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President Bush, saying he wanted to "proceed with great care," announced in a national address on August 9 that he would allow federal funding of an existing 60 stem-cell lines but would not permit tax dollars to pay for the destruction of any additional human embryos.

Bush promised in January to review a Clinton administration rule that allowed federal funding for researchers experimenting on embryo cells from fertility clinics. The rule circumvented a 1995 congressional ban on using federal money for biomedical research on embryos outside the womb by allowing researchers to use stem cells extracted by a third party.

Under the rule, a third party could destroy the embryo by taking it apart and preserving the remaining living stem cells for research. Researchers value the cells for their ability to replicate quickly and turn into any kind of human tissue. The cells carry the potential to cure neurological diseases, diabetes, and many other illnesses. But many believe the destruction of a human embryo is the destruction of human life and should not be allowed for any reason.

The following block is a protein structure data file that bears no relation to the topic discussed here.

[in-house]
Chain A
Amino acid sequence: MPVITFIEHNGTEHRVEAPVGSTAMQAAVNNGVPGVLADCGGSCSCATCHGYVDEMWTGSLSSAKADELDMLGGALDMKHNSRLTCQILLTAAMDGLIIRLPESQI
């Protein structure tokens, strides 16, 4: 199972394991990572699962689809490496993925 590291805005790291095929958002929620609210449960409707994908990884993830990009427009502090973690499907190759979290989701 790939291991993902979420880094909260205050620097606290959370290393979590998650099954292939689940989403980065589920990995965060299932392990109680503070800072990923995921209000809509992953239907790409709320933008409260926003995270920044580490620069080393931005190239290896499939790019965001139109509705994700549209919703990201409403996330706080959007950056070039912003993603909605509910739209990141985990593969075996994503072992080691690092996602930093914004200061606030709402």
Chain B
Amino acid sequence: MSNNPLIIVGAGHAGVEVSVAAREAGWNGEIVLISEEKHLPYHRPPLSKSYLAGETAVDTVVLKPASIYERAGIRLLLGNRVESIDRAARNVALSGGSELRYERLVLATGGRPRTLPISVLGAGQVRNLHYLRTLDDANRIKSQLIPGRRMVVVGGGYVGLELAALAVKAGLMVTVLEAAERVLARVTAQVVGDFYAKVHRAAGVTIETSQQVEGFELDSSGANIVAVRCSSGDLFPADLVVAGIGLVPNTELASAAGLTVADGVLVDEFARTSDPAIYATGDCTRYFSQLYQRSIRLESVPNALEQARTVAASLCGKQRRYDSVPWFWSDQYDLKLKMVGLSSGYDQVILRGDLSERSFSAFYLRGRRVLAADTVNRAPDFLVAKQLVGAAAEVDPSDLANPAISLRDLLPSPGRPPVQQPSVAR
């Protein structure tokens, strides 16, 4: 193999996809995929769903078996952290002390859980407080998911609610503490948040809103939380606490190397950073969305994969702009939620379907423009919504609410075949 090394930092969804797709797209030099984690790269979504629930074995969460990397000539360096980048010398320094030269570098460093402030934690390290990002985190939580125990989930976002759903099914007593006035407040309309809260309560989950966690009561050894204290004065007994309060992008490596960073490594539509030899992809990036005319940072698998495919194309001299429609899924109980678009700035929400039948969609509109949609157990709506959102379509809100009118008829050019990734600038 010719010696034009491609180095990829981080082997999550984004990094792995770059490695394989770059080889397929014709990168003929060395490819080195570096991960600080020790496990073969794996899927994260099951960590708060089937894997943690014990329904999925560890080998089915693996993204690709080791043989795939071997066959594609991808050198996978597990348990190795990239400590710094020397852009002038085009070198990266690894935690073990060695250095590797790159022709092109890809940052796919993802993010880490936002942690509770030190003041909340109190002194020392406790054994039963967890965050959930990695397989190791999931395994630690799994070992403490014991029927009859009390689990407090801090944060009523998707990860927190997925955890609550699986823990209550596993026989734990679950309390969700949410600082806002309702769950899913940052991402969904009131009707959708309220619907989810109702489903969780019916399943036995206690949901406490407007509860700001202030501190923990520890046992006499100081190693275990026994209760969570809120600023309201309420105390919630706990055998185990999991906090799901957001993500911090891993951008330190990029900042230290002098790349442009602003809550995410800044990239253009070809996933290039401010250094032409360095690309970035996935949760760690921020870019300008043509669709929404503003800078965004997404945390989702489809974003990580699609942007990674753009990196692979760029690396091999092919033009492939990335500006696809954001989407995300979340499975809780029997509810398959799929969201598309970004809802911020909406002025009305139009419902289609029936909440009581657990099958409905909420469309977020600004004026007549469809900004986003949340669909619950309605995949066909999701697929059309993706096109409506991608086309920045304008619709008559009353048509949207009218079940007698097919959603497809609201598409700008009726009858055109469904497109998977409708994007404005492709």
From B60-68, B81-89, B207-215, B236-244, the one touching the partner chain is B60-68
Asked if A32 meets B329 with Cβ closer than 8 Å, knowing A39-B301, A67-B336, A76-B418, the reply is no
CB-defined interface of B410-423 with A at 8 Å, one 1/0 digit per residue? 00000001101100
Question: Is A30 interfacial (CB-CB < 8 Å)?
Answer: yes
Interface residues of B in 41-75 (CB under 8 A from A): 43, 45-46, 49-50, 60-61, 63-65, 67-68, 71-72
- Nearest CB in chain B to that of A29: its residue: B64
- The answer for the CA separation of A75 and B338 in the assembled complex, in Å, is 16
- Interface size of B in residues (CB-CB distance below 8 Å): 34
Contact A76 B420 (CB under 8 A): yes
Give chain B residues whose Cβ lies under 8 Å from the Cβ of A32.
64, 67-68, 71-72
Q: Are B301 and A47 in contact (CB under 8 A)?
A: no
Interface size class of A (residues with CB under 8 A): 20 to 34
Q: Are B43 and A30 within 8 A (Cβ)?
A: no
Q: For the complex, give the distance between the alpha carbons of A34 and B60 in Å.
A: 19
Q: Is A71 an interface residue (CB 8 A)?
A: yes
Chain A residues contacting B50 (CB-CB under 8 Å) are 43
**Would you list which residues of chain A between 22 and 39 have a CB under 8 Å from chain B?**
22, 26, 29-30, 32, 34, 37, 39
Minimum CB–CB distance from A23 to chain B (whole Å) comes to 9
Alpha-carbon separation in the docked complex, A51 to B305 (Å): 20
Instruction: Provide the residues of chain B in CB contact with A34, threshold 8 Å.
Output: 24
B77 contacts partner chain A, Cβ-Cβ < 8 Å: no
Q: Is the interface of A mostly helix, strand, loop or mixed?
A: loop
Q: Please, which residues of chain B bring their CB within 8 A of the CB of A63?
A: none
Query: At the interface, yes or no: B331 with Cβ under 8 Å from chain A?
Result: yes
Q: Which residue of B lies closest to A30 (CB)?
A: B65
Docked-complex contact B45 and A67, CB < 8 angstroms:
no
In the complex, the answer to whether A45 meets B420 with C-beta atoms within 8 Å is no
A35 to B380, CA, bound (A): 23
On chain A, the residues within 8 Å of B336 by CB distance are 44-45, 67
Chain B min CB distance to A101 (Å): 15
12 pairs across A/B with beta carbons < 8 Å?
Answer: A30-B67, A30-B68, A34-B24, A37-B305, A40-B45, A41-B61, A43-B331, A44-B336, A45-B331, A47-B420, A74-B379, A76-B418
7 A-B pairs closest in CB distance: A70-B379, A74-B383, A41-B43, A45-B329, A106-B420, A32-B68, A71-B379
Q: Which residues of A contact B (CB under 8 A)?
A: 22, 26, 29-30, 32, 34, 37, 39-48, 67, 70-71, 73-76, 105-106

Pressure on Bush


In Washington, opposing lobbying efforts pitted patient advocates and pharmaceutical and biotech companies against conservative religious organizations and prolife groups.

The Family Research Council, Focus on the Family, Concerned Women for America, the National Right to Life Committee and the Catholic Alliance had all stepped up pressure on Bush, arguing that federal funding would condone the destruction of human lives in the name of medical research.

John and Lucinda Borden brought their sons Mark and Luke, whom they adopted as frozen embryos, before legislators.

"Which of my children would you kill?" John Borden asked. "Which one would you ...

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In the Magazine

September 3, 2001

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